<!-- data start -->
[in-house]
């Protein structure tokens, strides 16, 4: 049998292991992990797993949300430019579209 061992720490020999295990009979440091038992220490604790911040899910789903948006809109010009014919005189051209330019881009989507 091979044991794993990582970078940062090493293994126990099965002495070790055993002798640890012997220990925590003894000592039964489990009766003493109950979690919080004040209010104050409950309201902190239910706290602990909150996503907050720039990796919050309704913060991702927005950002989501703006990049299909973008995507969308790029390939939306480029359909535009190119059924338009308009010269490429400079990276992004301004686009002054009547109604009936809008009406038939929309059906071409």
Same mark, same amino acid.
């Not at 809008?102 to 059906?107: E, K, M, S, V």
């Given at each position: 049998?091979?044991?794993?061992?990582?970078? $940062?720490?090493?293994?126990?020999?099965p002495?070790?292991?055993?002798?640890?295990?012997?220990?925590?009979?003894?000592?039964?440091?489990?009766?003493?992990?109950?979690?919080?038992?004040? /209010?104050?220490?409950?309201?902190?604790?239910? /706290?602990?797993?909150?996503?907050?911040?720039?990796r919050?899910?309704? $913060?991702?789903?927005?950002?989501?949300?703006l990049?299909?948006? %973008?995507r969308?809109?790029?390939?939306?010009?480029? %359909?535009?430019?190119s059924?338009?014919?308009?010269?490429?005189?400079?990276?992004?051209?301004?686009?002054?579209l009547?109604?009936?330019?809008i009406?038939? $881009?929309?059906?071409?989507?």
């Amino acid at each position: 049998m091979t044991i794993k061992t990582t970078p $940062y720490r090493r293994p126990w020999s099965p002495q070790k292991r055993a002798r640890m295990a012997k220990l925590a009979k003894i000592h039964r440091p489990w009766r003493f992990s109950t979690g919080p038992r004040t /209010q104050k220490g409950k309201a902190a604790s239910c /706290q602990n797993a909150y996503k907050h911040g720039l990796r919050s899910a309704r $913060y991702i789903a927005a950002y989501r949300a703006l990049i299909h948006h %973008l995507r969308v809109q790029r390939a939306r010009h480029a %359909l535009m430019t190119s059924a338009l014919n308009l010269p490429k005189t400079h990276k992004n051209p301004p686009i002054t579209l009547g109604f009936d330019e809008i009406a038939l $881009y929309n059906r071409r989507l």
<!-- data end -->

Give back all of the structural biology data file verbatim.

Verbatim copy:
[in-house]
């Protein structure tokens, strides 16, 4: 049998292991992990797993949300430019579209 061992720490020999295990009979440091038992220490604790911040899910789903948006809109010009014919005189051209330019881009989507 091979044991794993990582970078940062090493293994126990099965002495070790055993002798640890012997220990925590003894000592039964489990009766003493109950979690919080004040209010104050409950309201902190239910706290602990909150996503907050720039990796919050309704913060991702927005950002989501703006990049299909973008995507969308790029390939939306480029359909535009190119059924338009308009010269490429400079990276992004301004686009002054009547109604009936809008009406038939929309059906071409």
Same mark, same amino acid.
């Not at 809008?102 to 059906?107: E, K, M, S, V």
């Given at each position: 049998?091979?044991?794993?061992?990582?970078? $940062?720490?090493?293994?126990?020999?099965p002495?070790?292991?055993?002798?640890?295990?012997?220990?925590?009979?003894?000592?039964?440091?489990?009766?003493?992990?109950?979690?919080?038992?004040? /209010?104050?220490?409950?309201?902190?604790?239910? /706290?602990?797993?909150?996503?907050?911040?720039?990796r919050?899910?309704? $913060?991702?789903?927005?950002?989501?949300?703006l990049?299909?948006? %973008?995507r969308?809109?790029?390939?939306?010009?480029? %359909?535009?430019?190119s059924?338009?014919?308009?010269?490429?005189?400079?990276?992004?051209?301004?686009?002054?579209l009547?109604?009936?330019?809008i009406?038939? $881009?929309?059906?071409?989507?």
């Amino acid at each position: 049998m091979t044991i794993k061992t990582t970078p $940062y720490r090493r293994p126990w020999s099965p002495q070790k292991r055993a002798r640890m295990a012997k220990l925590a009979k003894i000592h039964r440091p489990w009766r003493f992990s109950t979690g919080p038992r004040t /209010q104050k220490g409950k309201a902190a604790s239910c /706290q602990n797993a909150y996503k907050h911040g720039l990796r919050s899910a309704r $913060y991702i789903a927005a950002y989501r949300a703006l990049i299909h948006h %973008l995507r969308v809109q790029r390939a939306r010009h480029a %359909l535009m430019t190119s059924a338009l014919n308009l010269p490429k005189t400079h990276k992004n051209p301004p686009i002054t579209l009547g109604f009936d330019e809008i009406a038939l $881009y929309n059906r071409r989507l």